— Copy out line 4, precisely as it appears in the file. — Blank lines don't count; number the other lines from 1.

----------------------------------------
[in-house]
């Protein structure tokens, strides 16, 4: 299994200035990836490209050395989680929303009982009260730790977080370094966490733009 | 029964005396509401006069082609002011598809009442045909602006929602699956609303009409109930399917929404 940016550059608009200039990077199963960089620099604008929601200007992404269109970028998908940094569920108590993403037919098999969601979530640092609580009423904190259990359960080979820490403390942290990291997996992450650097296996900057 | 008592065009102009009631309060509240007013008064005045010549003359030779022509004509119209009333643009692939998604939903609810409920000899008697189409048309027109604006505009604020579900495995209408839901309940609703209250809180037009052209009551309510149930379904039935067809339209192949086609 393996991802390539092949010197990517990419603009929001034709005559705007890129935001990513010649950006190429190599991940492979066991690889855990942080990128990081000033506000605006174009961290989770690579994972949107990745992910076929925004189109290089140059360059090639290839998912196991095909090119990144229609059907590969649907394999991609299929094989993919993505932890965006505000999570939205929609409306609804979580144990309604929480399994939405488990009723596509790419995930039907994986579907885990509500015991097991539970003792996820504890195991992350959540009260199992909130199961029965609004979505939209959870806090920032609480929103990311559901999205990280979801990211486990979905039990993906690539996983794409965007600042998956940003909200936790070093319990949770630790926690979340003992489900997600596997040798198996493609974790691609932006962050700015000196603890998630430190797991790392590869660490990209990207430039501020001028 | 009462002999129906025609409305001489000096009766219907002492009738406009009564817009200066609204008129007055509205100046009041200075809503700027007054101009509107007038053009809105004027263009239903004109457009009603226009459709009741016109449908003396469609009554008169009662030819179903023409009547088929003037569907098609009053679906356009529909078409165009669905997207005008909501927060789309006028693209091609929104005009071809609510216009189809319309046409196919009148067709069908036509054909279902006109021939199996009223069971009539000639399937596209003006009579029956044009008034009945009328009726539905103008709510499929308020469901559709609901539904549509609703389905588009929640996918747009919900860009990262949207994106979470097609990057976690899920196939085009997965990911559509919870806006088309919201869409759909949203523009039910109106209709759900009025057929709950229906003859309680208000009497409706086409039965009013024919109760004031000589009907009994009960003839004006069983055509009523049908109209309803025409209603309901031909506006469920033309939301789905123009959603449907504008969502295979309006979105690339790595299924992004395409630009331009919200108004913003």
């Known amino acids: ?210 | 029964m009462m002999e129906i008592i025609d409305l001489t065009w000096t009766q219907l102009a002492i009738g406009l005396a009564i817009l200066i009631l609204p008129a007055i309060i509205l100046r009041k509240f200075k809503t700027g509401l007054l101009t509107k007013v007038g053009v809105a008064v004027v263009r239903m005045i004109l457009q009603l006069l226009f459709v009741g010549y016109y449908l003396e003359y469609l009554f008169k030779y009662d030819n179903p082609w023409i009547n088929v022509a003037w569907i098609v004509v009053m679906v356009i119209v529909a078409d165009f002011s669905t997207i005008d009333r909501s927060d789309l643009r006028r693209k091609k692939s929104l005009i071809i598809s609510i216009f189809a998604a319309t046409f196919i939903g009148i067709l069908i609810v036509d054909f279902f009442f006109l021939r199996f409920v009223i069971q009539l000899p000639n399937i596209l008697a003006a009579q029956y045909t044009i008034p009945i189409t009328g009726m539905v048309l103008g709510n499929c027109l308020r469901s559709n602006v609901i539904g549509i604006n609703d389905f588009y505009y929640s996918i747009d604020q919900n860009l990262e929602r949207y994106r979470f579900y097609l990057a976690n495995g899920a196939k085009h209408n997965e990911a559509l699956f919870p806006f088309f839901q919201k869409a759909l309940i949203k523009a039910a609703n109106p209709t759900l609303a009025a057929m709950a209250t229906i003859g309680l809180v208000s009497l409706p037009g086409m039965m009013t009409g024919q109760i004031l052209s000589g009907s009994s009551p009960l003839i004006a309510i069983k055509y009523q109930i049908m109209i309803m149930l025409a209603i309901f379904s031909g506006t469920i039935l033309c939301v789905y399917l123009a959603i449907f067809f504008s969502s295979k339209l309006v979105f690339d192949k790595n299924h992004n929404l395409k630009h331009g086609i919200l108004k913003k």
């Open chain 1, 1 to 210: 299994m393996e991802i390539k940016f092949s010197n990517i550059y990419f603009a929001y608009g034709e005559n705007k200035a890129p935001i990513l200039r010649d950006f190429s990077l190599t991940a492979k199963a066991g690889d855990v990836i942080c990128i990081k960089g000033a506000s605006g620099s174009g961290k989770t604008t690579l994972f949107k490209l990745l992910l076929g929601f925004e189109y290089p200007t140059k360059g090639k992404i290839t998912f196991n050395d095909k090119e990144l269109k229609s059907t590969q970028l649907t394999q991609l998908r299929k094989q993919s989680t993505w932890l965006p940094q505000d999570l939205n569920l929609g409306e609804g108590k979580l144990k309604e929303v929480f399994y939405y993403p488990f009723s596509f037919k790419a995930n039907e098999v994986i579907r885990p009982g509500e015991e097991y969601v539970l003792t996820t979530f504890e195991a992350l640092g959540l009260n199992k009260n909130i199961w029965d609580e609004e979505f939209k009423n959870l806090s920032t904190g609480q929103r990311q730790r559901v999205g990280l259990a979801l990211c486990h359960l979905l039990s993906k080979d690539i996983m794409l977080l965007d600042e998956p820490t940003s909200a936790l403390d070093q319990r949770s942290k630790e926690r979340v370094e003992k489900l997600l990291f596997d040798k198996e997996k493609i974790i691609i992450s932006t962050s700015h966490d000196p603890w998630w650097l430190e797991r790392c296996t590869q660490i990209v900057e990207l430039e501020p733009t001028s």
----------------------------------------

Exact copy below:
């Open chain 1, 1 to 210: 299994m393996e991802i390539k940016f092949s010197n990517i550059y990419f603009a929001y608009g034709e005559n705007k200035a890129p935001i990513l200039r010649d950006f190429s990077l190599t991940a492979k199963a066991g690889d855990v990836i942080c990128i990081k960089g000033a506000s605006g620099s174009g961290k989770t604008t690579l994972f949107k490209l990745l992910l076929g929601f925004e189109y290089p200007t140059k360059g090639k992404i290839t998912f196991n050395d095909k090119e990144l269109k229609s059907t590969q970028l649907t394999q991609l998908r299929k094989q993919s989680t993505w932890l965006p940094q505000d999570l939205n569920l929609g409306e609804g108590k979580l144990k309604e929303v929480f399994y939405y993403p488990f009723s596509f037919k790419a995930n039907e098999v994986i579907r885990p009982g509500e015991e097991y969601v539970l003792t996820t979530f504890e195991a992350l640092g959540l009260n199992k009260n909130i199961w029965d609580e609004e979505f939209k009423n959870l806090s920032t904190g609480q929103r990311q730790r559901v999205g990280l259990a979801l990211c486990h359960l979905l039990s993906k080979d690539i996983m794409l977080l965007d600042e998956p820490t940003s909200a936790l403390d070093q319990r949770s942290k630790e926690r979340v370094e003992k489900l997600l990291f596997d040798k198996e997996k493609i974790i691609i992450s932006t962050s700015h966490d000196p603890w998630w650097l430190e797991r790392c296996t590869q660490i990209v900057e990207l430039e501020p733009t001028s």